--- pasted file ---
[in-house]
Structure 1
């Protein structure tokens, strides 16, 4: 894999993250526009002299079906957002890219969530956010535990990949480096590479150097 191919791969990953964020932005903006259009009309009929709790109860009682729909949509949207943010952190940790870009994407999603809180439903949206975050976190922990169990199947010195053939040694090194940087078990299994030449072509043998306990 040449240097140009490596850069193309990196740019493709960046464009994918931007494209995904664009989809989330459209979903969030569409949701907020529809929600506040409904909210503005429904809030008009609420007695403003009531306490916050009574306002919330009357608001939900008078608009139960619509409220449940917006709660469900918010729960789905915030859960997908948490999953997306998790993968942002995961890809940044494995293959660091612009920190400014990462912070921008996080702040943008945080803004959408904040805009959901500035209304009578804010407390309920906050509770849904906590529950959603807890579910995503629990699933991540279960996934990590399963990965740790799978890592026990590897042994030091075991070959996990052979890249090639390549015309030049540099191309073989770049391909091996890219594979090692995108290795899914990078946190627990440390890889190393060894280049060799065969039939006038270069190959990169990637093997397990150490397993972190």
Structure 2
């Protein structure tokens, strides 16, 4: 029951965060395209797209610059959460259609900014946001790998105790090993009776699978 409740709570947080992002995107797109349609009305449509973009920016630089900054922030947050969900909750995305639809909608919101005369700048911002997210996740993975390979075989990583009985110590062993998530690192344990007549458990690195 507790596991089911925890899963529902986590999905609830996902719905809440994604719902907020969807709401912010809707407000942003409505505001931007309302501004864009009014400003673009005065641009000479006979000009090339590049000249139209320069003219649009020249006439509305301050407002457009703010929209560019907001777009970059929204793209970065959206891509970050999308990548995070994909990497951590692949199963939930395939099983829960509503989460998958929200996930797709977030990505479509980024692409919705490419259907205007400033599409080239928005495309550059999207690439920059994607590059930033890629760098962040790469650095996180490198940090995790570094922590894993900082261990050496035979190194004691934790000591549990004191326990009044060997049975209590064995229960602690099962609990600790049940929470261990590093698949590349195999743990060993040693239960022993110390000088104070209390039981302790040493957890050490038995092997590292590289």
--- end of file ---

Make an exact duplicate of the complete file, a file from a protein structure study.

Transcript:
[in-house]
Structure 1
């Protein structure tokens, strides 16, 4: 894999993250526009002299079906957002890219969530956010535990990949480096590479150097 191919791969990953964020932005903006259009009309009929709790109860009682729909949509949207943010952190940790870009994407999603809180439903949206975050976190922990169990199947010195053939040694090194940087078990299994030449072509043998306990 040449240097140009490596850069193309990196740019493709960046464009994918931007494209995904664009989809989330459209979903969030569409949701907020529809929600506040409904909210503005429904809030008009609420007695403003009531306490916050009574306002919330009357608001939900008078608009139960619509409220449940917006709660469900918010729960789905915030859960997908948490999953997306998790993968942002995961890809940044494995293959660091612009920190400014990462912070921008996080702040943008945080803004959408904040805009959901500035209304009578804010407390309920906050509770849904906590529950959603807890579910995503629990699933991540279960996934990590399963990965740790799978890592026990590897042994030091075991070959996990052979890249090639390549015309030049540099191309073989770049391909091996890219594979090692995108290795899914990078946190627990440390890889190393060894280049060799065969039939006038270069190959990169990637093997397990150490397993972190």
Structure 2
């Protein structure tokens, strides 16, 4: 029951965060395209797209610059959460259609900014946001790998105790090993009776699978 409740709570947080992002995107797109349609009305449509973009920016630089900054922030947050969900909750995305639809909608919101005369700048911002997210996740993975390979075989990583009985110590062993998530690192344990007549458990690195 507790596991089911925890899963529902986590999905609830996902719905809440994604719902907020969807709401912010809707407000942003409505505001931007309302501004864009009014400003673009005065641009000479006979000009090339590049000249139209320069003219649009020249006439509305301050407002457009703010929209560019907001777009970059929204793209970065959206891509970050999308990548995070994909990497951590692949199963939930395939099983829960509503989460998958929200996930797709977030990505479509980024692409919705490419259907205007400033599409080239928005495309550059999207690439920059994607590059930033890629760098962040790469650095996180490198940090995790570094922590894993900082261990050496035979190194004691934790000591549990004191326990009044060997049975209590064995229960602690099962609990600790049940929470261990590093698949590349195999743990060993040693239960022993110390000088104070209390039981302790040493957890050490038995092997590292590289």